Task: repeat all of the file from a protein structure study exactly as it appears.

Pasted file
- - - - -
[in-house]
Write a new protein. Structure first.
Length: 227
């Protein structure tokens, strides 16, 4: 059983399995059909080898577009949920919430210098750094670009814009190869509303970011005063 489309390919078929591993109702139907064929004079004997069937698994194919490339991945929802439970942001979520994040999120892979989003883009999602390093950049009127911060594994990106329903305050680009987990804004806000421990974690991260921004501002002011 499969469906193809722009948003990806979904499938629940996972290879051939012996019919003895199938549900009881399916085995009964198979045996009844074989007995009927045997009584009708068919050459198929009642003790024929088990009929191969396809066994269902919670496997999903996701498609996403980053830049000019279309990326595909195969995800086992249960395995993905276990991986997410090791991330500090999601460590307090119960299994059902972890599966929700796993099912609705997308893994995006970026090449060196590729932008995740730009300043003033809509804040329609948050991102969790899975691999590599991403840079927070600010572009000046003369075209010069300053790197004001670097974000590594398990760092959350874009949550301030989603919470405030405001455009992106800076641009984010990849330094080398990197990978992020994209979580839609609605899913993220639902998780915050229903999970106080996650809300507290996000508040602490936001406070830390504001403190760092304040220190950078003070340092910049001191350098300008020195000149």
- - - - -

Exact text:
[in-house]
Write a new protein. Structure first.
Length: 227
């Protein structure tokens, strides 16, 4: 059983399995059909080898577009949920919430210098750094670009814009190869509303970011005063 489309390919078929591993109702139907064929004079004997069937698994194919490339991945929802439970942001979520994040999120892979989003883009999602390093950049009127911060594994990106329903305050680009987990804004806000421990974690991260921004501002002011 499969469906193809722009948003990806979904499938629940996972290879051939012996019919003895199938549900009881399916085995009964198979045996009844074989007995009927045997009584009708068919050459198929009642003790024929088990009929191969396809066994269902919670496997999903996701498609996403980053830049000019279309990326595909195969995800086992249960395995993905276990991986997410090791991330500090999601460590307090119960299994059902972890599966929700796993099912609705997308893994995006970026090449060196590729932008995740730009300043003033809509804040329609948050991102969790899975691999590599991403840079927070600010572009000046003369075209010069300053790197004001670097974000590594398990760092959350874009949550301030989603919470405030405001455009992106800076641009984010990849330094080398990197990978992020994209979580839609609605899913993220639902998780915050229903999970106080996650809300507290996000508040602490936001406070830390504001403190760092304040220190950078003070340092910049001191350098300008020195000149």